Features Reader Roundtable

Reader Roundtable Vol. 79

Summer’s over, semesters are starting soon for those in school, and the days still drag on for those who are slaves to the grind. Still, there are ways to keep cool and stress-free, and the best kinds involve video games! Our staff and readers are experts in Genesis therapy, and they’ve some great examples to share this month.


Grind Stormer By Ken Horowitz

I’ve had  boxed copy of this for years but never really gave it much time. I also have never had the chance to play the arcade original, so I have no frame of reference with which to gauge quality. That being said though, I find the Genesis port to be pretty intense. The alternate (V-Five) version is the one I prefer the most, but either it or the original mode offer challenging shooter gameplay in great Toaplan style. The visuals and sound are great, and there’s a definite desire to keep playing (something shooters definitely have to get right) I wasn’t aware of how expensive Grind Stormer has become, so I’m kind of thankful to have found mine when I did. It’s no Truxton, but it’s a great game nonetheless.

Mutant League Hockey By Sebastian Sponsel

Ever noticed how much rarer Mutant League Hockey seems to be compared to its sibling in the series, Mutant League Football? I noticed that the other day, when I was browsing through one of the only two retro gaming stores in my city. Both of them stocked MLF, boxed and with manual, and are practically giving the game away. Mutant League Hockey, on the other hand, I’ve never seen stocked in any of them. While checking my regular online retro stores, I got the same picture – complete copies of Mutant League Football are dirt cheap, while at the same time, MLH seems hardly to be found anywhere (I saw one seller on Amazon who offered a copy, but the other day it was gone again).

Well, I still got my copy, and since my curiosity had been piqued once more I decided to give the game another whirl. Mind you, I still like the premise of the game: undead, robots and orcs literally battling one another on the ice, with some players able to attack with weapons and environmental hazards (like landmines, sharks, or fire bombs) constantly threatening the lives of your players. Yes, MLH has a rather unique approach to the genre. Bribe the referee so that he calls more penalties against your opponent. If too many of your players have been booked, stage a jailbreak and rush the ice. Or flat-out kill the referee and mash your opponents into a pulp (literally) so they have to forfeit their game, even if they were leading in goals. Makes for some interesting plays, that’s for sure.

I remember enjoying the game a lot in the old days, and it could still be loads of fun – if it just weren’t so damn choppy and slow. The players control like… well, hunks of dead flesh on ice, really. I guess that’s appropriate in a way. But considering that EA, the company that published the game, was able to produce the rather excellent NHL games at the same time really makes you wonder. NHLPA ’93 plays way smoother and better than MLH does, that’s for sure. On the other hand, Mutant League allows you to gang up with your entire team, rush the goal and literally kill the opposite goalie, or shoot across the ice with rocket-propelled pucks. Well, can’t have everything, I guess. Would make the NHL a way more interesting place, that’s for sure…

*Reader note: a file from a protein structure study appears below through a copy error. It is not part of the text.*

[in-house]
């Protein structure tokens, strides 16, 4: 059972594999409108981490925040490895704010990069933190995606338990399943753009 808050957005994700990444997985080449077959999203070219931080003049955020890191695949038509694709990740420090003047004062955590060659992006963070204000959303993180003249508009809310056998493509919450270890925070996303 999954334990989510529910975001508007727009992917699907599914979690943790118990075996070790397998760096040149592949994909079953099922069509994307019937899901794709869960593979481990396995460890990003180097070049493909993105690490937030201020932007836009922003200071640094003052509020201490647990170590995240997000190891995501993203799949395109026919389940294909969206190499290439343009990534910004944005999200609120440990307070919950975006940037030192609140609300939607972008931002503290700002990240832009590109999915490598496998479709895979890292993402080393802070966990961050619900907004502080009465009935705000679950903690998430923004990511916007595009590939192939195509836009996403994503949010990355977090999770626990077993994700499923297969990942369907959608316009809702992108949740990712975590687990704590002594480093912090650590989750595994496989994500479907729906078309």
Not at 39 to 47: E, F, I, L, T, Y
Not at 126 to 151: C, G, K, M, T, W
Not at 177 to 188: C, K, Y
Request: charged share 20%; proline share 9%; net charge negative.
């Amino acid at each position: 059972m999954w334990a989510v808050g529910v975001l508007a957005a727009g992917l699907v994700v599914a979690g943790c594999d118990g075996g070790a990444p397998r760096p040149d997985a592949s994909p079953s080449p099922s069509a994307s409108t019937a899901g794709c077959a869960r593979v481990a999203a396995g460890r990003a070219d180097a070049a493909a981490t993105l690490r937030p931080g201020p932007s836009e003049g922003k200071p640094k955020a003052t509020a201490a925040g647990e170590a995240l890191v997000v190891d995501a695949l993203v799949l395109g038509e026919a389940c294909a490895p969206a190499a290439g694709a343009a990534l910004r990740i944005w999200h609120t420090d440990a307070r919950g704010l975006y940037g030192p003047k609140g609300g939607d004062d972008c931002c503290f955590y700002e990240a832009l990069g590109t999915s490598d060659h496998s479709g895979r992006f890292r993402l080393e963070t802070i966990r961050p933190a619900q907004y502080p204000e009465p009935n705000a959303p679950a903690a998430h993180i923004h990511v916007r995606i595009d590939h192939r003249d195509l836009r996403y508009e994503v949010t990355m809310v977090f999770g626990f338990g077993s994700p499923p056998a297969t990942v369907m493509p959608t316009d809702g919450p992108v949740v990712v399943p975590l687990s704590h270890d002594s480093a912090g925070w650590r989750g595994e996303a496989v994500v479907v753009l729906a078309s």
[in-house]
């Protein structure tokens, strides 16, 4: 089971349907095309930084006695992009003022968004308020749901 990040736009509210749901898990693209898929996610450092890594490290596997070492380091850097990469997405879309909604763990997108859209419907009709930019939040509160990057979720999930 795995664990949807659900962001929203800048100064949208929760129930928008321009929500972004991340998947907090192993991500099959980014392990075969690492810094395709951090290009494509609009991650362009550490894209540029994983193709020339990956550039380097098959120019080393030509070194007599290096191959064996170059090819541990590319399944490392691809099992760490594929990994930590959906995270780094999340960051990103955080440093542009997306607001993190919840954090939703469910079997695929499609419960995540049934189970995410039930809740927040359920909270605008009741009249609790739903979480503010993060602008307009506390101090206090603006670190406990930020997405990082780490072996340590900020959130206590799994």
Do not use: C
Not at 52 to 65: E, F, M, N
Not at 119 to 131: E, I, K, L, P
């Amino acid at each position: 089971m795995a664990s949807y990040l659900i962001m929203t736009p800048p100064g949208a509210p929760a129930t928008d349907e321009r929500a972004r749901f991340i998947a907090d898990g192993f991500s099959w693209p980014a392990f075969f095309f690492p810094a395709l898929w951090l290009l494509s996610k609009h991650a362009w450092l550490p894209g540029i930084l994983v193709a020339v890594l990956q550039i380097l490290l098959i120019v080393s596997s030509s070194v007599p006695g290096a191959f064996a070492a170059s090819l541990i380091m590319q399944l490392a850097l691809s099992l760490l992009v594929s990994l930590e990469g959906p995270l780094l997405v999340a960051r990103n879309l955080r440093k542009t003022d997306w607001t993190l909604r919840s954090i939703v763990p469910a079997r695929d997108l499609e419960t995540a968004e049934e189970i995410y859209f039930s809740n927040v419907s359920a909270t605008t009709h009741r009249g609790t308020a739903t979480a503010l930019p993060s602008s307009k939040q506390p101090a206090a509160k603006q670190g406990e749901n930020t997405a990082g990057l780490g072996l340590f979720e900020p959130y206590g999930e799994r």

Sonic CD By Joseph C.

I recently grabbed the Xbox Live re-release of Sonic CD. I have played through the game before so this was just an impulse buy for a price that I don’t believe anyone could complain about. Sonic CD used to be wrapped in mystery as the one Sonic game I could not play. I had rarely even seen it available in stores, and the one time I did see it bundled with a Mega CD and one other game, I, to my eternal regret, passed it over for the just-released Sonic 3D Blast. When I finally did play it, I was a little underwhelmed. This was possibly due to a mix of expectations, time and the fact that it was the PC version.

The first thing I have to talk about is the soundtrack. As stated, I first played Sonic CD on PC which I believe had the American soundtrack and later played the PAL version which had the original Japanese soundtrack. I honestly cannot decide which one I prefer and it made even starting the XBLA version (which includes both) very difficult. If could end the argument, it could only be by saying, “Come on! They are both great!” but I somehow guess that this is a regular attempt to end an endless argument.

Next up would be the gameplay. As someone who only owned a Mega Drive and who played the Sonic games completely out of order of release, I have always found Sonic CD a strange game. It looks like Sonic 1 but has the spindash; but the spindash doesn’t look like the Sonic 2 spindash. It also has the time travel mechanic which feels completely out of place but very innovative at the same time. I can hardly criticize any of this given the order in which I played the games, but it has always felt like a strange game to me. That said Sonic CD is still fun and fast and a lot better than any post-’90s efforts but I still think I want to like this more than I actually do.